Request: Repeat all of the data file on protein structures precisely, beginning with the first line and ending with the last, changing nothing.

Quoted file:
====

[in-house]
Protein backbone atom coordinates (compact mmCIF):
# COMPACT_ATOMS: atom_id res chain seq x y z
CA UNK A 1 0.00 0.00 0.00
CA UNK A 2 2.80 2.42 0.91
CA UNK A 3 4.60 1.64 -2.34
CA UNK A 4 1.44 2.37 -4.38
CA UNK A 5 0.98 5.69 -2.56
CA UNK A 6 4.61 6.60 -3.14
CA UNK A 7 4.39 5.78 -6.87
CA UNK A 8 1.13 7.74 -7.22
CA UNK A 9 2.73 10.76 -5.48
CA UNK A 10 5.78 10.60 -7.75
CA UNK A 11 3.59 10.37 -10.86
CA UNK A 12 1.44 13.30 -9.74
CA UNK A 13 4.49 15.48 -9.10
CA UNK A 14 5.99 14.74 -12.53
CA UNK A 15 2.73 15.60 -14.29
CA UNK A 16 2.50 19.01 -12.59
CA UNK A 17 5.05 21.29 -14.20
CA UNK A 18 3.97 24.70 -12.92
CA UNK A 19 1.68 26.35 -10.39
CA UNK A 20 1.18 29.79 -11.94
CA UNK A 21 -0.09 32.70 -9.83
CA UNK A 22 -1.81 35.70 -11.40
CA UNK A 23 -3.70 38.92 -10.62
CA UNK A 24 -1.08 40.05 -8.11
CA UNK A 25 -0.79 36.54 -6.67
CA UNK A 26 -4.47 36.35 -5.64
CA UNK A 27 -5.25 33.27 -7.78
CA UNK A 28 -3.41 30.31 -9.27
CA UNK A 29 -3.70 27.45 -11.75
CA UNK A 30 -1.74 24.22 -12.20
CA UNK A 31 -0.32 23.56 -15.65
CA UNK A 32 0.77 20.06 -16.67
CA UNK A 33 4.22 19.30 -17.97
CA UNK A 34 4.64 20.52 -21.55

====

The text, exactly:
[in-house]
Protein backbone atom coordinates (compact mmCIF):
# COMPACT_ATOMS: atom_id res chain seq x y z
CA UNK A 1 0.00 0.00 0.00
CA UNK A 2 2.80 2.42 0.91
CA UNK A 3 4.60 1.64 -2.34
CA UNK A 4 1.44 2.37 -4.38
CA UNK A 5 0.98 5.69 -2.56
CA UNK A 6 4.61 6.60 -3.14
CA UNK A 7 4.39 5.78 -6.87
CA UNK A 8 1.13 7.74 -7.22
CA UNK A 9 2.73 10.76 -5.48
CA UNK A 10 5.78 10.60 -7.75
CA UNK A 11 3.59 10.37 -10.86
CA UNK A 12 1.44 13.30 -9.74
CA UNK A 13 4.49 15.48 -9.10
CA UNK A 14 5.99 14.74 -12.53
CA UNK A 15 2.73 15.60 -14.29
CA UNK A 16 2.50 19.01 -12.59
CA UNK A 17 5.05 21.29 -14.20
CA UNK A 18 3.97 24.70 -12.92
CA UNK A 19 1.68 26.35 -10.39
CA UNK A 20 1.18 29.79 -11.94
CA UNK A 21 -0.09 32.70 -9.83
CA UNK A 22 -1.81 35.70 -11.40
CA UNK A 23 -3.70 38.92 -10.62
CA UNK A 24 -1.08 40.05 -8.11
CA UNK A 25 -0.79 36.54 -6.67
CA UNK A 26 -4.47 36.35 -5.64
CA UNK A 27 -5.25 33.27 -7.78
CA UNK A 28 -3.41 30.31 -9.27
CA UNK A 29 -3.70 27.45 -11.75
CA UNK A 30 -1.74 24.22 -12.20
CA UNK A 31 -0.32 23.56 -15.65
CA UNK A 32 0.77 20.06 -16.67
CA UNK A 33 4.22 19.30 -17.97
CA UNK A 34 4.64 20.52 -21.55